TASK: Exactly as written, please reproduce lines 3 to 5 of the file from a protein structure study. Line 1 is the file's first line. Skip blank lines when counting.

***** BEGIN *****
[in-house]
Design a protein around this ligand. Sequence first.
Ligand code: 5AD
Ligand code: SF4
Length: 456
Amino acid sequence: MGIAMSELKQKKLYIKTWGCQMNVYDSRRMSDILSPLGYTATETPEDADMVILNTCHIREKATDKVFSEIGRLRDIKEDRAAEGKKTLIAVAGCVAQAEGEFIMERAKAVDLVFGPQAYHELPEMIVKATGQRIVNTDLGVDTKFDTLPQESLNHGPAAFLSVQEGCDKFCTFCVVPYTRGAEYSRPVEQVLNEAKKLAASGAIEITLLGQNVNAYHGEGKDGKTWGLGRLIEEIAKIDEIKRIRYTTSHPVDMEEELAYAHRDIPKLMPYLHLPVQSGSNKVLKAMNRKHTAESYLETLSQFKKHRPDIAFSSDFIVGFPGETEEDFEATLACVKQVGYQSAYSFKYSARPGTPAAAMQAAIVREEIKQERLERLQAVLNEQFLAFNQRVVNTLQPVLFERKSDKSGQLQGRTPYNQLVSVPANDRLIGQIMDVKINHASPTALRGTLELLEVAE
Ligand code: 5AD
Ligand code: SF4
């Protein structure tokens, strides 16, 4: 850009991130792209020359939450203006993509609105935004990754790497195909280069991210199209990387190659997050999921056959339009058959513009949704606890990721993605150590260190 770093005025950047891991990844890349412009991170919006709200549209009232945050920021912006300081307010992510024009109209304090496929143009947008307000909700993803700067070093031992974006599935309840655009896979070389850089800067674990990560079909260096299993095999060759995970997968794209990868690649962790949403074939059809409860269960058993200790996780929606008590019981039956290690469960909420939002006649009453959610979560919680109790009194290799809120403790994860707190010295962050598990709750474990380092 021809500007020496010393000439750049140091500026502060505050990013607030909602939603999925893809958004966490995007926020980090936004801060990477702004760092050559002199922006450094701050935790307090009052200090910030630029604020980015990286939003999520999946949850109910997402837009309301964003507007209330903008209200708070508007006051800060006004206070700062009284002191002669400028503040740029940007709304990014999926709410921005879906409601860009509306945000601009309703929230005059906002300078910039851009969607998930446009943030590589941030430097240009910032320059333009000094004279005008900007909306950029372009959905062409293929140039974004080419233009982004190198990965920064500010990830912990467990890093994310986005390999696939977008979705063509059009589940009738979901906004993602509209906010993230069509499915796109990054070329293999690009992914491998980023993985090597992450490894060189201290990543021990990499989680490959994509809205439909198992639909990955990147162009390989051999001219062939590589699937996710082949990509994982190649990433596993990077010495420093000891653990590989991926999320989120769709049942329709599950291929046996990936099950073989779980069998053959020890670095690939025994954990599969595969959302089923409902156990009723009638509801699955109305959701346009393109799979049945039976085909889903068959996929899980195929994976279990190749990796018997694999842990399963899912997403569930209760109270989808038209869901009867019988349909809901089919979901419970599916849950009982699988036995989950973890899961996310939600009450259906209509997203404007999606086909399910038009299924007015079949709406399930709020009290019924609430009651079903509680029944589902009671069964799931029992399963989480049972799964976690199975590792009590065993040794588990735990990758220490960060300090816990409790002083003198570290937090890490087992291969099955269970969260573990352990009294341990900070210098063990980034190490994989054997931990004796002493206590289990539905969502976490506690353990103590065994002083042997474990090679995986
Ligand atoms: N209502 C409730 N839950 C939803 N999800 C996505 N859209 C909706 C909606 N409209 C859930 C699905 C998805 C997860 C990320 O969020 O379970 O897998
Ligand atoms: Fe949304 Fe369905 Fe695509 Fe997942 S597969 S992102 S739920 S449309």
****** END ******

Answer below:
Ligand code: 5AD
Ligand code: SF4
Length: 456